Cecil spoke up. “Well I don’t know for certain,” he said, “they’re supposed to changemoney or somethin‘, but that ain’t no cause to persecute ’em. They’re white, ain’t they?”
Miss Gates said, “When you get to high school, Cecil, you’ll learn that the Jews havebeen persecuted since the beginning of history, even driven out of their own country. It’sone of the most terrible stories in history. Time for arithmetic, children.”
As I had never liked arithmetic, I spent the period looking out the window. The onlytime I ever saw Atticus scowl was when Elmer Davis would give us the latest on Hitler.
Atticus would snap off the radio and say, “Hmp!” I asked him once why he was impatientwith Hitler and Atticus said, “Because he’s a maniac.”
This would not do, I mused, as the class proceeded with its sums. One maniac andmillions of German folks. Looked to me like they’d shut Hitler in a pen instead of lettinghim shut them up. There was something else wrong—I would ask my father about it.
I did, and he said he could not possibly answer my question because he didn’t knowthe answer.
“But it’s okay to hate Hitler?”
“It is not,” he said. “It’s not okay to hate anybody.”
“Atticus,” I said, “there’s somethin‘ I don’t understand. Miss Gates said it was awful,Hitler doin’ like he does, she got real red in the face about it—”
“I should think she would.”
“Nothing, sir.” I went away, not sure that I could explain to Atticus what was on mymind, not sure that I could clarify what was only a feeling. Perhaps Jem could providethe answer. Jem understood school things better than Atticus.
Jem was worn out from a day’s water-carrying. There were at least twelve bananapeels on the floor by his bed, surrounding an empty milk bottle. “Whatcha stuffin‘ for?” Iasked.
“Coach says if I can gain twenty-five pounds by year after next I can play,” he said.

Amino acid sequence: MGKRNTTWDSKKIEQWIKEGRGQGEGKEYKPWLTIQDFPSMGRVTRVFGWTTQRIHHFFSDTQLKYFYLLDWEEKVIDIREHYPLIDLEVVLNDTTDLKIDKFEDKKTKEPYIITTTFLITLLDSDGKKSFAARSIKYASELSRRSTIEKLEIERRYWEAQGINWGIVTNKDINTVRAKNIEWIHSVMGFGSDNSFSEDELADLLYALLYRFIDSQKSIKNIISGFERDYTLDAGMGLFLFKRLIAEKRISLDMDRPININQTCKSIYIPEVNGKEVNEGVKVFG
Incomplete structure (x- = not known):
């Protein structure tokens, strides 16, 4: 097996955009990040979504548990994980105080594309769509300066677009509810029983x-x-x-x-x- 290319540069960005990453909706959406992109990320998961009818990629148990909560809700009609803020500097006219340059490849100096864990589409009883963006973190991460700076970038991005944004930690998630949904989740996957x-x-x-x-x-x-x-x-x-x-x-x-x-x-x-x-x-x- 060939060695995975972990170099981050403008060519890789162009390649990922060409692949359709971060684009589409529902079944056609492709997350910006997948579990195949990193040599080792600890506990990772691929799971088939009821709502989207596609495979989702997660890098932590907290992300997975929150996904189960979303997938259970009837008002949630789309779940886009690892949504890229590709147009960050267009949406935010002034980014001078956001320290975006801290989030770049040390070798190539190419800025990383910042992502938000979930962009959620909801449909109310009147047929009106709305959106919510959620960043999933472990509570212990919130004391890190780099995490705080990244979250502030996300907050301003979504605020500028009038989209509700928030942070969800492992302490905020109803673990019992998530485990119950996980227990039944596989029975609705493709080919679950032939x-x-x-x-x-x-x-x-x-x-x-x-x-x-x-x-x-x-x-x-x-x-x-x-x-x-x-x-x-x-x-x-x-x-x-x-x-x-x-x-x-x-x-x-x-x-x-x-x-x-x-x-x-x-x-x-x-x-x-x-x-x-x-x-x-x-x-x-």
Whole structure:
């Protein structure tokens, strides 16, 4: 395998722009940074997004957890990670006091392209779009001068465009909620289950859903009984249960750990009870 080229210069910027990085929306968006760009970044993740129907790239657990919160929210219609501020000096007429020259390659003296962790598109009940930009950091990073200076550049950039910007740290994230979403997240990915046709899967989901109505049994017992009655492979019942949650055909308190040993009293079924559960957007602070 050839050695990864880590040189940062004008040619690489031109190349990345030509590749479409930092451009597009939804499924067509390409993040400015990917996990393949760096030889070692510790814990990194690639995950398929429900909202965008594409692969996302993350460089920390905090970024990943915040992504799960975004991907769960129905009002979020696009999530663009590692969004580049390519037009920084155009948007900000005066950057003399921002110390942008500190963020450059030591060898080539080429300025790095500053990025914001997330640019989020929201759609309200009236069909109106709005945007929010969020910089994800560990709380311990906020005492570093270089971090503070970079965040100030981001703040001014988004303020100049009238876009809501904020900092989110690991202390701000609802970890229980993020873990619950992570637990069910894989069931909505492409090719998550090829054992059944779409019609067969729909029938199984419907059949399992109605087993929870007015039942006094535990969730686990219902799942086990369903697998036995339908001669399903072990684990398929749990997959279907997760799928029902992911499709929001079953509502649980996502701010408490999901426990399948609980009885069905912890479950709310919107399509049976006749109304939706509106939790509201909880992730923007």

“This is the quickest way.”
“If you don’t throw it all up. Jem,” I said, “I wanta ask you somethin‘.”
“Shoot.” He put down his book and stretched his legs.
“Miss Gates is a nice lady, ain’t she?”
“Why sure,” said Jem. “I liked her when I was in her room.”
“She hates Hitler a lot…”
“What’s wrong with that?”
“Well, she went on today about how bad it was him treatin‘ the Jews like that. Jem, it’snot right to persecute anybody, is it? I mean have mean thoughts about anybody, even,is it?”
“Gracious no, Scout. What’s eatin‘ you?”
“Well, coming out of the courthouse that night Miss Gates was—she was goin‘ downthe steps in front of us, you musta not seen her—she was talking with Miss StephanieCrawford. I heard her say it’s time somebody taught ’em a lesson, they were gettin‘ wayabove themselves, an’ the next thing they think they can do is marry us. Jem, how canyou hate Hitler so bad an‘ then turn around and be ugly about folks right at home—”
Jem was suddenly furious. He leaped off the bed, grabbed me by the collar and shookme. “I never wanta hear about that courthouse again, ever, ever, you hear me? Youhear me? Don’t you ever say one word to me about it again, you hear? Now go on!”
I was too surprised to cry. I crept from Jem’s room and shut the door softly, lest unduenoise set him off again. Suddenly tired, I wanted Atticus. He was in the livingroom, and Iwent to him and tried to get in his lap.
Atticus smiled. “You’re getting so big now, I’ll just have to hold a part of you.” He heldme close. “Scout,” he said softly, “don’t let Jem get you down. He’s having a rough timethese days. I heard you back there.”
Atticus said that Jem was trying hard to forget something, but what he was reallydoing was storing it away for a while, until enough time passed. Then he would be ableto think about it and sort things out. When he was able to think about it, Jem would behimself again.